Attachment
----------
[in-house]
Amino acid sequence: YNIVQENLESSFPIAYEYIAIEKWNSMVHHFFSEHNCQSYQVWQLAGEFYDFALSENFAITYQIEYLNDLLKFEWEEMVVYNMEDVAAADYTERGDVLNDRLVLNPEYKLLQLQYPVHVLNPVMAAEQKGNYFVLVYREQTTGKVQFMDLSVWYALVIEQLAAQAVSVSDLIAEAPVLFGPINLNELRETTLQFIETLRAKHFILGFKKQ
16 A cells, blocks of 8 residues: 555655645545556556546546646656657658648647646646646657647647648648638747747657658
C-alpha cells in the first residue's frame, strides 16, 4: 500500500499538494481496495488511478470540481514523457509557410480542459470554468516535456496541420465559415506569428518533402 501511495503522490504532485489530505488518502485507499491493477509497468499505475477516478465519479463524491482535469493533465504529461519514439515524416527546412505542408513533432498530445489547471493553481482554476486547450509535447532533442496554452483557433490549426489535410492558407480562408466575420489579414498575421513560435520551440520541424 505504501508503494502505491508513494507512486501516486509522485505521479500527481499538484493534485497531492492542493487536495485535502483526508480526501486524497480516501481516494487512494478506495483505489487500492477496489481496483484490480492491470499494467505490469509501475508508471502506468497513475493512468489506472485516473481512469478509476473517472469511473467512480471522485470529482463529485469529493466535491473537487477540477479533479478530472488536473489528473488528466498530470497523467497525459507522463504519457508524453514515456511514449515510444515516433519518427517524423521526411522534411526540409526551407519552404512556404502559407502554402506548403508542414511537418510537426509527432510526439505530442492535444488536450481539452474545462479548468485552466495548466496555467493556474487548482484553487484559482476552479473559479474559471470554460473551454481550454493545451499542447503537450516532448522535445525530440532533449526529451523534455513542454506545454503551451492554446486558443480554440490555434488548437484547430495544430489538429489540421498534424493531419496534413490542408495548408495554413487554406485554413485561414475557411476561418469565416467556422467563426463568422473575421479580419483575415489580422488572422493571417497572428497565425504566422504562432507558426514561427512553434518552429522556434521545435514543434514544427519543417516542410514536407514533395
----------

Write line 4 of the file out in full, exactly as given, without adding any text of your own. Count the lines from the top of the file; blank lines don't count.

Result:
C-alpha cells in the first residue's frame, strides 16, 4: 500500500499538494481496495488511478470540481514523457509557410480542459470554468516535456496541420465559415506569428518533402 501511495503522490504532485489530505488518502485507499491493477509497468499505475477516478465519479463524491482535469493533465504529461519514439515524416527546412505542408513533432498530445489547471493553481482554476486547450509535447532533442496554452483557433490549426489535410492558407480562408466575420489579414498575421513560435520551440520541424 505504501508503494502505491508513494507512486501516486509522485505521479500527481499538484493534485497531492492542493487536495485535502483526508480526501486524497480516501481516494487512494478506495483505489487500492477496489481496483484490480492491470499494467505490469509501475508508471502506468497513475493512468489506472485516473481512469478509476473517472469511473467512480471522485470529482463529485469529493466535491473537487477540477479533479478530472488536473489528473488528466498530470497523467497525459507522463504519457508524453514515456511514449515510444515516433519518427517524423521526411522534411526540409526551407519552404512556404502559407502554402506548403508542414511537418510537426509527432510526439505530442492535444488536450481539452474545462479548468485552466495548466496555467493556474487548482484553487484559482476552479473559479474559471470554460473551454481550454493545451499542447503537450516532448522535445525530440532533449526529451523534455513542454506545454503551451492554446486558443480554440490555434488548437484547430495544430489538429489540421498534424493531419496534413490542408495548408495554413487554406485554413485561414475557411476561418469565416467556422467563426463568422473575421479580419483575415489580422488572422493571417497572428497565425504566422504562432507558426514561427512553434518552429522556434521545435514543434514544427519543417516542410514536407514533395